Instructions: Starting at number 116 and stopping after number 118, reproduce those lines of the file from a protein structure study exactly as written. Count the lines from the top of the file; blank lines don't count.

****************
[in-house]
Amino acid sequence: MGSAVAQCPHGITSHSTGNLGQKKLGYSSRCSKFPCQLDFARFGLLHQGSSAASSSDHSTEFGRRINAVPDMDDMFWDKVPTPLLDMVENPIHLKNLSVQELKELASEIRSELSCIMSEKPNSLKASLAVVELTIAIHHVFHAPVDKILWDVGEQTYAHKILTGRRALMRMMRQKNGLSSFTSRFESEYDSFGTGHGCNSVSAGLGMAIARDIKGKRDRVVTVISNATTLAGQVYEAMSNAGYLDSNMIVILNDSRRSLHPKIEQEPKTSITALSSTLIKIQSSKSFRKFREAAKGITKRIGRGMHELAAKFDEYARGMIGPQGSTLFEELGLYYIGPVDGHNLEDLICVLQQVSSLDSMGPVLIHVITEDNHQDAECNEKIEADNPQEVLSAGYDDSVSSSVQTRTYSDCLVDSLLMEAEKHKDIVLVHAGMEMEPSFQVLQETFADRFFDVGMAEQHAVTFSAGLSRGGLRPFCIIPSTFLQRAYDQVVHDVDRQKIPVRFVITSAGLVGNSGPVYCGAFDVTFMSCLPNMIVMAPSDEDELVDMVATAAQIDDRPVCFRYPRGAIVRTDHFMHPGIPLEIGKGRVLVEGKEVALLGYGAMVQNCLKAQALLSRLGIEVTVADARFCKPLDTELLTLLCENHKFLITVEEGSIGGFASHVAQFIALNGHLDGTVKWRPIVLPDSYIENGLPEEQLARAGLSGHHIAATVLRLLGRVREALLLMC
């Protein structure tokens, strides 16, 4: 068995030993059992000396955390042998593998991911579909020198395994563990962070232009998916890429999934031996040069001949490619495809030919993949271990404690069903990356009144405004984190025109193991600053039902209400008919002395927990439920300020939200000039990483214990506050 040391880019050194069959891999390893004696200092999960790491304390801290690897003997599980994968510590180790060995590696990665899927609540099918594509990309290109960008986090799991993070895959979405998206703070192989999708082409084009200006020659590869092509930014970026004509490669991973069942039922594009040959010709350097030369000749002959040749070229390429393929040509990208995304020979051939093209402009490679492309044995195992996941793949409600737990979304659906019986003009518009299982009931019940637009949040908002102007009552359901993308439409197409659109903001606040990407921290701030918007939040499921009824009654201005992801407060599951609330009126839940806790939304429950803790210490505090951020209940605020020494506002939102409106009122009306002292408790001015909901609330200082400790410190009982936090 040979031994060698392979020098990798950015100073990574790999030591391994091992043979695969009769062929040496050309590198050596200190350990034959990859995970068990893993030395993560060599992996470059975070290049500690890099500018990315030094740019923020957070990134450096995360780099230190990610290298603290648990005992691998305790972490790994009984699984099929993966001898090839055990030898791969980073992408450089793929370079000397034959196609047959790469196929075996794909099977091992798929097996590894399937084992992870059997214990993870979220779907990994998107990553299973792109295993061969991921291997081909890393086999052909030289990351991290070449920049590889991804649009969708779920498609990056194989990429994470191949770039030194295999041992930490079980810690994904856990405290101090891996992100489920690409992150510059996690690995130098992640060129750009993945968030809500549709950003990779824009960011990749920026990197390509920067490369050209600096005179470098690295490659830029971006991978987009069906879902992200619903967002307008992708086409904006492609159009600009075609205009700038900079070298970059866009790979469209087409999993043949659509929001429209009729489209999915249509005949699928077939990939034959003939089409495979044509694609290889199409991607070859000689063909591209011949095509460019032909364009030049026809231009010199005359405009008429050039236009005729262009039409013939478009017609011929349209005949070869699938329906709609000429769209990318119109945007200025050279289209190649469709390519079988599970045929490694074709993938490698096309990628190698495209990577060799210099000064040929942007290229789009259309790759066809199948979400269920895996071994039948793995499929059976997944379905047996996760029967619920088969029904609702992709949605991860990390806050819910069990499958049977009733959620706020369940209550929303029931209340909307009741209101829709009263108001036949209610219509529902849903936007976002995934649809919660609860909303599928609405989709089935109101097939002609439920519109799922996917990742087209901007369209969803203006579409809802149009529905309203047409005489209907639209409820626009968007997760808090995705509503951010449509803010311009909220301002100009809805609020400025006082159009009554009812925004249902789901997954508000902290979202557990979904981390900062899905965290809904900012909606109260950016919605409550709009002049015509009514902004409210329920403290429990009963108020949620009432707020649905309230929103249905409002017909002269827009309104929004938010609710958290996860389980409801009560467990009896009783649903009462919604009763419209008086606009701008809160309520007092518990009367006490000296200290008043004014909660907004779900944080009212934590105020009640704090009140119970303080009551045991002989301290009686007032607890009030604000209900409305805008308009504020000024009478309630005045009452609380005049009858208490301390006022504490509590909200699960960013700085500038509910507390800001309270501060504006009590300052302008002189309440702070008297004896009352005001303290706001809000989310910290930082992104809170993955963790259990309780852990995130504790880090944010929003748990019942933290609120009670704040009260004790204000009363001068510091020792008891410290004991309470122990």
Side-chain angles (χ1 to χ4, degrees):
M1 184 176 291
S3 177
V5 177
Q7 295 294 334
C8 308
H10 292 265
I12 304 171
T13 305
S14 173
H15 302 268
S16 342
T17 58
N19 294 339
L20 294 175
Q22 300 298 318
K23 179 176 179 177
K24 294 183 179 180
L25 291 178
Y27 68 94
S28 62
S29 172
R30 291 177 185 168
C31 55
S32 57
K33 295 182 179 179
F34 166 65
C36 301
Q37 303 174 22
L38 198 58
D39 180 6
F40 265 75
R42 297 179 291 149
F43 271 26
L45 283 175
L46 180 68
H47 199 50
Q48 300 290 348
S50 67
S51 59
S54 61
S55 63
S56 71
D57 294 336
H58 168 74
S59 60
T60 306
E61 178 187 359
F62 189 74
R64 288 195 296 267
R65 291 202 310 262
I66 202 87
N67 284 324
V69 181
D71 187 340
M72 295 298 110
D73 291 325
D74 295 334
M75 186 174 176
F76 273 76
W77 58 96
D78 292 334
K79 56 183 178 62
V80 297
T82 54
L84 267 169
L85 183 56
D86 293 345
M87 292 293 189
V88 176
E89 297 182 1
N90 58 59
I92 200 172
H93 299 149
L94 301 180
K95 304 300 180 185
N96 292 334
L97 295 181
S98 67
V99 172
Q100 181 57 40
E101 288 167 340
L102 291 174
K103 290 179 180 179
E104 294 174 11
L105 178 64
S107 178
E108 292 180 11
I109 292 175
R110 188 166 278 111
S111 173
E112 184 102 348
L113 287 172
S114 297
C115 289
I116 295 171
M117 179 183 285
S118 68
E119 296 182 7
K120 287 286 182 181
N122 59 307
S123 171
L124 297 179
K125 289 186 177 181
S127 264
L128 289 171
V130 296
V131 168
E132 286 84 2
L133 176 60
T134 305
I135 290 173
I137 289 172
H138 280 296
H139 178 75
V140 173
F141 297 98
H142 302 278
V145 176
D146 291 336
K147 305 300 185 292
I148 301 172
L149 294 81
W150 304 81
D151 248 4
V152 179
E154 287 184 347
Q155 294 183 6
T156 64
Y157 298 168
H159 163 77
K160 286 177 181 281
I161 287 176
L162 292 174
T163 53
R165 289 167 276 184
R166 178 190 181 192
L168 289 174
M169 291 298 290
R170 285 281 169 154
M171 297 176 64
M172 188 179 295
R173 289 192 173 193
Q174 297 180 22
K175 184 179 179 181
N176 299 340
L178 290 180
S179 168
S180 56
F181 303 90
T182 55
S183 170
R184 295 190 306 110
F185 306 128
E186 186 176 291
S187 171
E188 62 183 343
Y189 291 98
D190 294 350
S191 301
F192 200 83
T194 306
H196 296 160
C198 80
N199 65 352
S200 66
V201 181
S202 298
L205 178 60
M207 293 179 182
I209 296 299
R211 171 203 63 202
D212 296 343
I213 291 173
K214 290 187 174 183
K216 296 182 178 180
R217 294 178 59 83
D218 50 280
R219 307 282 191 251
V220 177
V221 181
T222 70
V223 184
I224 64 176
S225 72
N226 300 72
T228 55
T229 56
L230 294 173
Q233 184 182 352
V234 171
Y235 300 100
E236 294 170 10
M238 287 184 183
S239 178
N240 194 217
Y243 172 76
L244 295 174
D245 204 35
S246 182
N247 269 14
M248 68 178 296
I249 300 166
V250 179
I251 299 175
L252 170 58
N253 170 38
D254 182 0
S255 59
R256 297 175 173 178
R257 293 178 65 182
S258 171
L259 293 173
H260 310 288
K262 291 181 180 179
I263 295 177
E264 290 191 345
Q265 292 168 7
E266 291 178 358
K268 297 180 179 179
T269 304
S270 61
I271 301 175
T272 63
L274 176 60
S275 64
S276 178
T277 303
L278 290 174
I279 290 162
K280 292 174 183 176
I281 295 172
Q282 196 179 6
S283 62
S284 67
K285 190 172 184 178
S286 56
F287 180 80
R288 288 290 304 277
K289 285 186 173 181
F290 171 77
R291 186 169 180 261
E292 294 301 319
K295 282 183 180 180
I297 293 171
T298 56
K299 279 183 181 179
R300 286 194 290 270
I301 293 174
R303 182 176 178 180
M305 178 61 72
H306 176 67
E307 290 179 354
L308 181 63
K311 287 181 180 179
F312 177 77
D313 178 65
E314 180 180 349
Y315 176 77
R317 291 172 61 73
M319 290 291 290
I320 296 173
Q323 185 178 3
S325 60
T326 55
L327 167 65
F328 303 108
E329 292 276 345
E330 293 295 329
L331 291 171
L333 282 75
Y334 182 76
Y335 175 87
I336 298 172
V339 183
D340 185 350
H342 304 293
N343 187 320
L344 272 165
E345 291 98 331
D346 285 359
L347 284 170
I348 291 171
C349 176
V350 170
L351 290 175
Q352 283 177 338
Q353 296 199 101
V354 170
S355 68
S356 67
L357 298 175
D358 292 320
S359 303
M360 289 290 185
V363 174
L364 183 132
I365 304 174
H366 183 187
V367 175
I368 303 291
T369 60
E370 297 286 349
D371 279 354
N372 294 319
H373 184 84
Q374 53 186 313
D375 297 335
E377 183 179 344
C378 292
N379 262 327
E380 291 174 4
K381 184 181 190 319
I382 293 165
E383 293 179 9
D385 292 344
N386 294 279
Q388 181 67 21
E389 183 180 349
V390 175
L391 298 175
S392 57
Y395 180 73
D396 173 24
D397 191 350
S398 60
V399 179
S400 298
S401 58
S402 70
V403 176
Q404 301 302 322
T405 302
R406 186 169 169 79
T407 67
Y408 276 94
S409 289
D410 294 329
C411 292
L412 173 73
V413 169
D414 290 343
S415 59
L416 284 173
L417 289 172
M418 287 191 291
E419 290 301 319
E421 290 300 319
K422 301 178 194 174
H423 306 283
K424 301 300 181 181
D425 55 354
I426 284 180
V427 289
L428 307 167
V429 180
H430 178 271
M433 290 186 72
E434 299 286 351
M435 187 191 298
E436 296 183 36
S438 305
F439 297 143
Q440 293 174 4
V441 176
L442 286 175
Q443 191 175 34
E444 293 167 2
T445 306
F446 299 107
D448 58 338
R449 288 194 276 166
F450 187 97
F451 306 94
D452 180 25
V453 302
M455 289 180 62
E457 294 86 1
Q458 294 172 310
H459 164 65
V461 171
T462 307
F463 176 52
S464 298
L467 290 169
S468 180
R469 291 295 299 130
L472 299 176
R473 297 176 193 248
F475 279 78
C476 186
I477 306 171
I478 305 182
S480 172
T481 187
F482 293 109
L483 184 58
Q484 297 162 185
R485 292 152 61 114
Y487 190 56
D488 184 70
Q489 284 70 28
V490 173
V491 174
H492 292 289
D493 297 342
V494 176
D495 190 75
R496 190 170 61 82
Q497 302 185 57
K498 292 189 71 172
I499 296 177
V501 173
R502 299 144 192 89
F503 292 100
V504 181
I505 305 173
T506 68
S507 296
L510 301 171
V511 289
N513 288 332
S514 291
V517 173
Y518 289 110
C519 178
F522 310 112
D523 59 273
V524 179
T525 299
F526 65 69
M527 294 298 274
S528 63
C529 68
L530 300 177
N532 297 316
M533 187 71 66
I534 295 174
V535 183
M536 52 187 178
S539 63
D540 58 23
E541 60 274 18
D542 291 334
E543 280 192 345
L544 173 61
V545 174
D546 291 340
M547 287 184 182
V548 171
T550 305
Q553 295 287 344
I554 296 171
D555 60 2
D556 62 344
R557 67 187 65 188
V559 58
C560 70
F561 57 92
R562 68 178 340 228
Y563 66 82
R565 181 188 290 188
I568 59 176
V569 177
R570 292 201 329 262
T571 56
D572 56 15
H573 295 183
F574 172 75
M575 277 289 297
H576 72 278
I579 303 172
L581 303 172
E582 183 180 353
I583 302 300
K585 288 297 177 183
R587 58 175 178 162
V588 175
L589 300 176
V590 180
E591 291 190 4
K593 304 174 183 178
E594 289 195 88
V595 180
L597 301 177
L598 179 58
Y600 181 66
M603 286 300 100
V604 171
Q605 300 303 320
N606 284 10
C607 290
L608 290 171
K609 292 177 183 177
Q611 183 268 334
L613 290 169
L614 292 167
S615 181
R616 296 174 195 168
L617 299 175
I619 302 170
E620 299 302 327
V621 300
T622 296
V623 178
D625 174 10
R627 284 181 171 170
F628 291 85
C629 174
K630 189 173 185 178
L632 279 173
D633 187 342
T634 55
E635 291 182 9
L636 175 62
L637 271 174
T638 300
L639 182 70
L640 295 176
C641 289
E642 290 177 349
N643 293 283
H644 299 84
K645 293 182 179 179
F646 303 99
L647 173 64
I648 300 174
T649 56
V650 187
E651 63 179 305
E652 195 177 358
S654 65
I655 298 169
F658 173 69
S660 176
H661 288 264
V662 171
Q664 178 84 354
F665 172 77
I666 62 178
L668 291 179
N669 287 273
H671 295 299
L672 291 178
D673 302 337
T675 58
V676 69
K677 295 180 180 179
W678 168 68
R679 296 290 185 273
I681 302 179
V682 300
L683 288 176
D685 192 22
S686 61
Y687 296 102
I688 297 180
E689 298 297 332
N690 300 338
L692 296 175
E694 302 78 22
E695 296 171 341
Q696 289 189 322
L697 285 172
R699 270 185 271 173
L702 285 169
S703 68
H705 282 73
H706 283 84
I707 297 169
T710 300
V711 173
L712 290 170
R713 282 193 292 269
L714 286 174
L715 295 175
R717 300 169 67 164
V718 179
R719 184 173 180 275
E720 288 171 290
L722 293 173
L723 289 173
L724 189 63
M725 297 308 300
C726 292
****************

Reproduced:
I137 289 172
H138 280 296
H139 178 75